The Issue of the “Female Traveler”

Everyone, I have a confession to make:

I am a woman, and I am a traveler. (There’s a lot more to me than these two things, but let’s just start here for now.)

Given those two pieces of information, you could begin to make any number of assumptions about me and my lifestyle. Some of them might be correct, and some might be miles off target. The most painfully obvious assumption of all is that I am a Female Traveler. It almost seems too silly even to mention. Of course I’m a Female Traveler. This is the category that all feminine backpackers, road-trippers, and vagabonders find themselves lumped into. There are endless guide books, nonfiction essay collections, memoirs and novels dedicated to and starring women who travel, either in groups or on their own. Within the Travel section of a bookstore, you’ll find a nice little niche devoted to Female Travelers. There are tour groups and there are travel agencies, all for ladies.

But why does the category of Female Traveler exist?

Well, there’s the issue of safety. It is an unfortunate reality of our world today that women who travel will often face more difficulty than men, especially in developing countries. Some places just flat-out aren’t safe for women traveling alone. I won’t go into examples, but worrisome stories abound. In this case, having specific information for Female Travelers makes sense.

However, if you look around and pay attention, you’ll notice that there is no gendered term that opposes the Female Traveler. Anyone who travels and is not female is simply considered a Traveler. (For example, I’ve never seen a “Male Traveler” section in a bookstore.) The word Female serves as a clarifier, making sure that we know which kind of traveler is the norm and which is the “other”. (I’ll give you a hint: the norm is not female.) This gender distinction is everywhere, but I find it most notably in travel literature. I find the gender distinction commonly takes two forms: omission and tragic catalysts.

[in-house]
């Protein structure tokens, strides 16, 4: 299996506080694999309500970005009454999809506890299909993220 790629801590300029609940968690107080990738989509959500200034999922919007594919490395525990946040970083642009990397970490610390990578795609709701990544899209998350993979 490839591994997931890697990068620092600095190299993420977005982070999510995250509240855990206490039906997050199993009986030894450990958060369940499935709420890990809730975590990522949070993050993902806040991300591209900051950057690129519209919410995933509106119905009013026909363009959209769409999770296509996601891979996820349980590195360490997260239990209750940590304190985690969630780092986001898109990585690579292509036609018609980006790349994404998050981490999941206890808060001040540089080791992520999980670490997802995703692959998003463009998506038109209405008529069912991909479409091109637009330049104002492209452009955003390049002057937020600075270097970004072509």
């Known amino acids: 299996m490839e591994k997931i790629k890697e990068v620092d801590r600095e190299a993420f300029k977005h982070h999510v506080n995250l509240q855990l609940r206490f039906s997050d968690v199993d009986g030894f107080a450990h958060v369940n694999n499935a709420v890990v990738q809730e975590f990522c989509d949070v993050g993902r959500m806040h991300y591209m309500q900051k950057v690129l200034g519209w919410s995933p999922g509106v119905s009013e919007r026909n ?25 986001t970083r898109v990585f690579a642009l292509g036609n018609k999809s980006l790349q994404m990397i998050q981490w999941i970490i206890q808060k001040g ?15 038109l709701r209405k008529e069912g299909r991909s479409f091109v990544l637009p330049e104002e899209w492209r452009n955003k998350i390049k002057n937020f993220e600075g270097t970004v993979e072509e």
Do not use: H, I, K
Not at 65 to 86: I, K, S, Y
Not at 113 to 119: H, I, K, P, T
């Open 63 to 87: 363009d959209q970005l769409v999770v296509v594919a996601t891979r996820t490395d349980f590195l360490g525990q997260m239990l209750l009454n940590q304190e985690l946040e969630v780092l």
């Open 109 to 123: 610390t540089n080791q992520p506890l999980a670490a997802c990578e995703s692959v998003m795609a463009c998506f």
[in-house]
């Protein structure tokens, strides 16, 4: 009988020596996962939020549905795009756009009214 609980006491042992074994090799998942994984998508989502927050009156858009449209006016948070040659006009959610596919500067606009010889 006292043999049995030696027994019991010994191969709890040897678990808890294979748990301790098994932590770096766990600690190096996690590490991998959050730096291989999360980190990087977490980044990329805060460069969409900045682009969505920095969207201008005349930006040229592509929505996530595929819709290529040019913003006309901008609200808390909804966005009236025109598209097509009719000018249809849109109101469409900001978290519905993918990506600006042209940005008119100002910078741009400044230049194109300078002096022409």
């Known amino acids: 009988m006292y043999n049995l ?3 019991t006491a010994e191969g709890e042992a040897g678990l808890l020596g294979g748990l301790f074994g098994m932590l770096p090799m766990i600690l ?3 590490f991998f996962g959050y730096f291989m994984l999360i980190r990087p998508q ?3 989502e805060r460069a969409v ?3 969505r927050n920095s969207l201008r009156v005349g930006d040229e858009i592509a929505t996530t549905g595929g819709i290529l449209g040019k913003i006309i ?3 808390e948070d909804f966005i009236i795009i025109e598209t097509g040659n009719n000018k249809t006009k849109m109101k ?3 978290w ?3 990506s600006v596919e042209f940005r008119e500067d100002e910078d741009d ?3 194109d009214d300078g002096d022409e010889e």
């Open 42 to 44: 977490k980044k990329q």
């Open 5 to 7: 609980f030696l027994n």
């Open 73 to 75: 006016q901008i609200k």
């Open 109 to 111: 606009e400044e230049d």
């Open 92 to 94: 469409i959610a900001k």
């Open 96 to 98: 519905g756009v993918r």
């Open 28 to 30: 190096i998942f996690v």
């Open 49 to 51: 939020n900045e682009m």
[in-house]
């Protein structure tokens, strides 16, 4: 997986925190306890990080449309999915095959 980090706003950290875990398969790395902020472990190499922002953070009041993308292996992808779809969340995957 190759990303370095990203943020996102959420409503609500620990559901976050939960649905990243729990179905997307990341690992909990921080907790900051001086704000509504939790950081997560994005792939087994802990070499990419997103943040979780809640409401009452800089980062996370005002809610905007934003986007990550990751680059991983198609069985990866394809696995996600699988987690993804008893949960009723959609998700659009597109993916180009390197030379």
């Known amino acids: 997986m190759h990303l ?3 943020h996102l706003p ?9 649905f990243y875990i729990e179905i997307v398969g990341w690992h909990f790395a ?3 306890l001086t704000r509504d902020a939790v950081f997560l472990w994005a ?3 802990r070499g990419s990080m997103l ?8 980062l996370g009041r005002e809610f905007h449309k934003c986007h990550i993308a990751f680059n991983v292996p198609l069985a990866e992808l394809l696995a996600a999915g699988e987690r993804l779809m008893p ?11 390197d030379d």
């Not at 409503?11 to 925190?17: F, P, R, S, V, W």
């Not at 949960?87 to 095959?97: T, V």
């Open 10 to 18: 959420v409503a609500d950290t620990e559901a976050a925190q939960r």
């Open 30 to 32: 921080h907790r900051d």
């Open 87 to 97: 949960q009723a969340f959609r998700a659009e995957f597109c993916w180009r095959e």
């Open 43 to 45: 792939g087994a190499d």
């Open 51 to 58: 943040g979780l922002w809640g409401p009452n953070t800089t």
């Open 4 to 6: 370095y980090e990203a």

For an example of the first form, take the book Vagabonding: An Uncommon Guide to the Art of Long-term World Travel by Rolf Potts: the guide is organized well and provides an in-depth look at the practical do’s and don’t’s of hitting the road for long stretches of time. There are even short biographies of famous vagabonders such as Walt Whitman. Look closer, though, and you’ll notice that only one of these vagabond biographies features a woman (Annie Dillard). Where is Nellie Bly? How about Mary Kingsley? They can be found in the one-page section titled “The Pioneering Women of Vagabonding.” About 14 women are listed but none of them are provided a biography. When I see this in guidebooks and travel literature, it makes me want to scream. Really? Women only get one page in an entire book about long-term travel? This seems so obviously unfair, but is regularly overlooked by authors and publishers in this genre. If a young girl reads this book, will she see anyone that she identifies with? As Marie Wilson from the White House Project says, “You can’t be what you can’t see.” If a young girl sees that the only intrepid explorers of this world are white men, what does that say to her about the possibilities of her becoming an intrepid explorer?